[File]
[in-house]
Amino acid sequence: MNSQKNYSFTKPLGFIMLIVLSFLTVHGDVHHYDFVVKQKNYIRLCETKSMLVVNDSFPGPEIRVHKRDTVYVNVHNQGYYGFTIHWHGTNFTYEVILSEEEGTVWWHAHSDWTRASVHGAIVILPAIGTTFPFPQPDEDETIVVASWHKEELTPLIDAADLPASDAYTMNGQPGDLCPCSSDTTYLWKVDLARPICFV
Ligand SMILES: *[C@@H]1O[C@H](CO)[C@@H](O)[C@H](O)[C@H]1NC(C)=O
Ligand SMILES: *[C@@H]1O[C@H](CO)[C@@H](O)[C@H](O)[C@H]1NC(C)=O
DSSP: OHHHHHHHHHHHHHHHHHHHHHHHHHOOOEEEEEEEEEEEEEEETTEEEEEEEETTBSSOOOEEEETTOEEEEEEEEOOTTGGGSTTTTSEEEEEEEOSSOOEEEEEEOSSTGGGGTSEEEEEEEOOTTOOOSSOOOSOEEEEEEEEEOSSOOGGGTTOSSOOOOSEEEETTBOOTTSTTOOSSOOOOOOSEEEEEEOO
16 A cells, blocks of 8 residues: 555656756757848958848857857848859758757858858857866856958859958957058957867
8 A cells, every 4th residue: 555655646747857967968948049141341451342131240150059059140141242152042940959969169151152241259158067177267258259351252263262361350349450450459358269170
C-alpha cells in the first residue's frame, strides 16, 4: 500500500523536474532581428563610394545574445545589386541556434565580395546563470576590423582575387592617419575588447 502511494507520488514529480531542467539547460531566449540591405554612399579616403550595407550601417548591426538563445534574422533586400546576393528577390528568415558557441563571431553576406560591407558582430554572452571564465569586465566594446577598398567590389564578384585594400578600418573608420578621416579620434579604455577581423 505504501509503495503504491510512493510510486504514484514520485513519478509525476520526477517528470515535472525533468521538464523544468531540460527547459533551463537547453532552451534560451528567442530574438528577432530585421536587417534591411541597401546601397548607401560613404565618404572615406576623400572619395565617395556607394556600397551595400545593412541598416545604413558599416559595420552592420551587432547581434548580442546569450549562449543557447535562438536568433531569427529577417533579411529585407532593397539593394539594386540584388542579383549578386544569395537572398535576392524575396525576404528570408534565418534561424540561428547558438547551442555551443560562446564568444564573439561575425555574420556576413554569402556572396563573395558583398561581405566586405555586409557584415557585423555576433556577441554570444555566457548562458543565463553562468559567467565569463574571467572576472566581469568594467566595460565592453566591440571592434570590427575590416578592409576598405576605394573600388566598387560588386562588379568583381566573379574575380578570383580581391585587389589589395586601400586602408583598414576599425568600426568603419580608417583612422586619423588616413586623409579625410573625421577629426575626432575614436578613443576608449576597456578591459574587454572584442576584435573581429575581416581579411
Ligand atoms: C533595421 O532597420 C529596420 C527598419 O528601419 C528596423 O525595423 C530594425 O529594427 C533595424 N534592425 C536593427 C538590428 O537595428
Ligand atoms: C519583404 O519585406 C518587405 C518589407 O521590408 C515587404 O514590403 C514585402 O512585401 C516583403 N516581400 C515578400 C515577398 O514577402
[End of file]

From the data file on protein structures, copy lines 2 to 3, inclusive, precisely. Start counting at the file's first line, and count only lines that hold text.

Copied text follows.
Amino acid sequence: MNSQKNYSFTKPLGFIMLIVLSFLTVHGDVHHYDFVVKQKNYIRLCETKSMLVVNDSFPGPEIRVHKRDTVYVNVHNQGYYGFTIHWHGTNFTYEVILSEEEGTVWWHAHSDWTRASVHGAIVILPAIGTTFPFPQPDEDETIVVASWHKEELTPLIDAADLPASDAYTMNGQPGDLCPCSSDTTYLWKVDLARPICFV
Ligand SMILES: *[C@@H]1O[C@H](CO)[C@@H](O)[C@H](O)[C@H]1NC(C)=O